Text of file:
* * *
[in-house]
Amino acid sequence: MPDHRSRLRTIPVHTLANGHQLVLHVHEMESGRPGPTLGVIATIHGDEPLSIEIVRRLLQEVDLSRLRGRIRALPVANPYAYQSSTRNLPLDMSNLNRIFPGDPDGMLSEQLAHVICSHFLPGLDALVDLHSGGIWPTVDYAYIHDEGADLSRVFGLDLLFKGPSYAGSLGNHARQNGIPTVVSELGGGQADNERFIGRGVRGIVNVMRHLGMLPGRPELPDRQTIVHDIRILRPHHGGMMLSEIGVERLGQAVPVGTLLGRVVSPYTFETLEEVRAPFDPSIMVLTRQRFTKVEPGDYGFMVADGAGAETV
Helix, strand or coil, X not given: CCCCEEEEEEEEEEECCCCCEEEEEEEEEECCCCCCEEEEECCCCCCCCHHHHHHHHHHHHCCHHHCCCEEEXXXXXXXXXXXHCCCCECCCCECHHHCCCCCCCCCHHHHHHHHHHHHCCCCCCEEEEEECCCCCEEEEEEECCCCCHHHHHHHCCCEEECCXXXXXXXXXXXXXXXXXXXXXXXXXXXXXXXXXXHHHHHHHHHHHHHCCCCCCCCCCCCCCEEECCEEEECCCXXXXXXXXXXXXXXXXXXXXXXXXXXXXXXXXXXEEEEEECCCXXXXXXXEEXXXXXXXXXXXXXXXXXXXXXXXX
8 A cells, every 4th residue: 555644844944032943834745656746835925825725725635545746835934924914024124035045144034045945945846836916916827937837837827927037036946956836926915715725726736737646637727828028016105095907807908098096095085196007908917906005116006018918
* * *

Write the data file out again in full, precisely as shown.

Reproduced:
[in-house]
Amino acid sequence: MPDHRSRLRTIPVHTLANGHQLVLHVHEMESGRPGPTLGVIATIHGDEPLSIEIVRRLLQEVDLSRLRGRIRALPVANPYAYQSSTRNLPLDMSNLNRIFPGDPDGMLSEQLAHVICSHFLPGLDALVDLHSGGIWPTVDYAYIHDEGADLSRVFGLDLLFKGPSYAGSLGNHARQNGIPTVVSELGGGQADNERFIGRGVRGIVNVMRHLGMLPGRPELPDRQTIVHDIRILRPHHGGMMLSEIGVERLGQAVPVGTLLGRVVSPYTFETLEEVRAPFDPSIMVLTRQRFTKVEPGDYGFMVADGAGAETV
Helix, strand or coil, X not given: CCCCEEEEEEEEEEECCCCCEEEEEEEEEECCCCCCEEEEECCCCCCCCHHHHHHHHHHHHCCHHHCCCEEEXXXXXXXXXXXHCCCCECCCCECHHHCCCCCCCCCHHHHHHHHHHHHCCCCCCEEEEEECCCCCEEEEEEECCCCCHHHHHHHCCCEEECCXXXXXXXXXXXXXXXXXXXXXXXXXXXXXXXXXXHHHHHHHHHHHHHCCCCCCCCCCCCCCEEECCEEEECCCXXXXXXXXXXXXXXXXXXXXXXXXXXXXXXXXXXEEEEEECCCXXXXXXXEEXXXXXXXXXXXXXXXXXXXXXXXX
8 A cells, every 4th residue: 555644844944032943834745656746835925825725725635545746835934924914024124035045144034045945945846836916916827937837837827927037036946956836926915715725726736737646637727828028016105095907807908098096095085196007908917906005116006018918